- Mondragon, L., & Burguiere, E. Bio-inspired benchmark generator for extracellular multi-unit recordings. Scientific Reports, 2017 Jan; 7, 43253.
To find our Key references, complete articles list and pre-prints::
Tools and techniques
These are some of the tools and techniques we use in our lab
Brain activity monitoring
Single unit and local field potentials.
Local field potentials, electroencephalography, Magnetoencephalography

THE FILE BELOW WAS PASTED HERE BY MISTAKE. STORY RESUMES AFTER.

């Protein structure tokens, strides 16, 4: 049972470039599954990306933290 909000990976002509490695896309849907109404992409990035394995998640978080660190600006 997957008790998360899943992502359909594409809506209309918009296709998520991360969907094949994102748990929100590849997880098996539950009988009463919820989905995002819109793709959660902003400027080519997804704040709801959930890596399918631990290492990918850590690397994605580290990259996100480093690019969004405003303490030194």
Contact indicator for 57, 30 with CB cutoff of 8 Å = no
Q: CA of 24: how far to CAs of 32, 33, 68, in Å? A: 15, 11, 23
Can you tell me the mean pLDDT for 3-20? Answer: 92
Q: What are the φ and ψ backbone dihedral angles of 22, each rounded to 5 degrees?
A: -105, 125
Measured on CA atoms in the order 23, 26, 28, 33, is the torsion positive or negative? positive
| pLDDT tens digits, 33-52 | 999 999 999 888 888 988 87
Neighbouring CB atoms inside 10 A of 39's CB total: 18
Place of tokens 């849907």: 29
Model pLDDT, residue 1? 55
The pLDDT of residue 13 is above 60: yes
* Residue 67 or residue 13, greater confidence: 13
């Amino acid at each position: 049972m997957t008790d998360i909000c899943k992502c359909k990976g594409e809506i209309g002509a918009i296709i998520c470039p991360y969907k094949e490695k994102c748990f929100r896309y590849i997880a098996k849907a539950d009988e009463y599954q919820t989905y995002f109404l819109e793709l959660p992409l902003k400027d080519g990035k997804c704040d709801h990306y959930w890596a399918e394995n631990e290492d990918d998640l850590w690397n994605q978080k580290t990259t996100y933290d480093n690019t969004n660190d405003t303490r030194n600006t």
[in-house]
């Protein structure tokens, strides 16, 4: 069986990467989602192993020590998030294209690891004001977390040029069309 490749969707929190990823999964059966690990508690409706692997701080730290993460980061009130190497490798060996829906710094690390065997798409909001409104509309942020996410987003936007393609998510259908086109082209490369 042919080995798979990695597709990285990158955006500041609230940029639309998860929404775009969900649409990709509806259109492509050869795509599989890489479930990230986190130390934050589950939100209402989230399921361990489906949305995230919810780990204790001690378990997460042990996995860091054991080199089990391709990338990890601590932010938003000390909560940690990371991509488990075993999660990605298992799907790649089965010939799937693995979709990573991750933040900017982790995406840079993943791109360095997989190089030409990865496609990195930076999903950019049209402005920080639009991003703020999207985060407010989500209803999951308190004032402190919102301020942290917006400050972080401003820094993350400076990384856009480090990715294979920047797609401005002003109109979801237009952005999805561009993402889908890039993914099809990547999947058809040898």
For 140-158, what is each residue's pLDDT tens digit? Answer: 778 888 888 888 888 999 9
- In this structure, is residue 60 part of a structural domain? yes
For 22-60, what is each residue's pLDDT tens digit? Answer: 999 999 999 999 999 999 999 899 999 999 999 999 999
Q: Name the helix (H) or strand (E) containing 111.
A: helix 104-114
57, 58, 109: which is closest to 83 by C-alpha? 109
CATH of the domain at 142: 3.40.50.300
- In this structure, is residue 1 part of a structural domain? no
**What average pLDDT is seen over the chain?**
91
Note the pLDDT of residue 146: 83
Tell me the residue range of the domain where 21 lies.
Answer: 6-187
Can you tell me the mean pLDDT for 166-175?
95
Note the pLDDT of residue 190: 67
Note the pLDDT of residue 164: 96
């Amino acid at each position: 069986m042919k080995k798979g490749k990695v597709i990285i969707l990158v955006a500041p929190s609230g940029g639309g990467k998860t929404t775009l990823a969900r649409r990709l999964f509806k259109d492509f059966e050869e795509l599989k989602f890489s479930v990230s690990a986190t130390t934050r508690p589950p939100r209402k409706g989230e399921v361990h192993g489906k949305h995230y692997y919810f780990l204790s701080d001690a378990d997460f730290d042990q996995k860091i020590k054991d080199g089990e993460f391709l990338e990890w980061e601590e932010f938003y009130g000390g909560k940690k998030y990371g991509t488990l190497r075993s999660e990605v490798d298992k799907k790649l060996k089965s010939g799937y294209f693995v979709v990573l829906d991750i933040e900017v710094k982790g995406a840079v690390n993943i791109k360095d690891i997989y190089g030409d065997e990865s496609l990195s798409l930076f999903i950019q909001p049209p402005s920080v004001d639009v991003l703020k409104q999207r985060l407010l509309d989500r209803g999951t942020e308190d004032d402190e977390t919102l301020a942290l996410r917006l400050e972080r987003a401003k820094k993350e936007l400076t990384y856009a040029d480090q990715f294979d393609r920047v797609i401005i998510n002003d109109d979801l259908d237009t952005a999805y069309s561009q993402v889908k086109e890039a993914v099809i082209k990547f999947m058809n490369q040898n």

Deep Brain Stimulation
In neuropsychiatric diseases (OCD, Tourette syndrome)
Designer Receptor Exclusively Activated by Designer Drugs
During behavioral tasks and on-demand.
Immunolabeling-enabled imaging of solvent-cleared organs
Human behavioral tasks
Mouse behavioral tasks
Take a peek at some of our creations (coming soon)
Automated behavioral box
our modified version from the open ephys drive
electrophy database generator
3D printed Tools
basics for lab life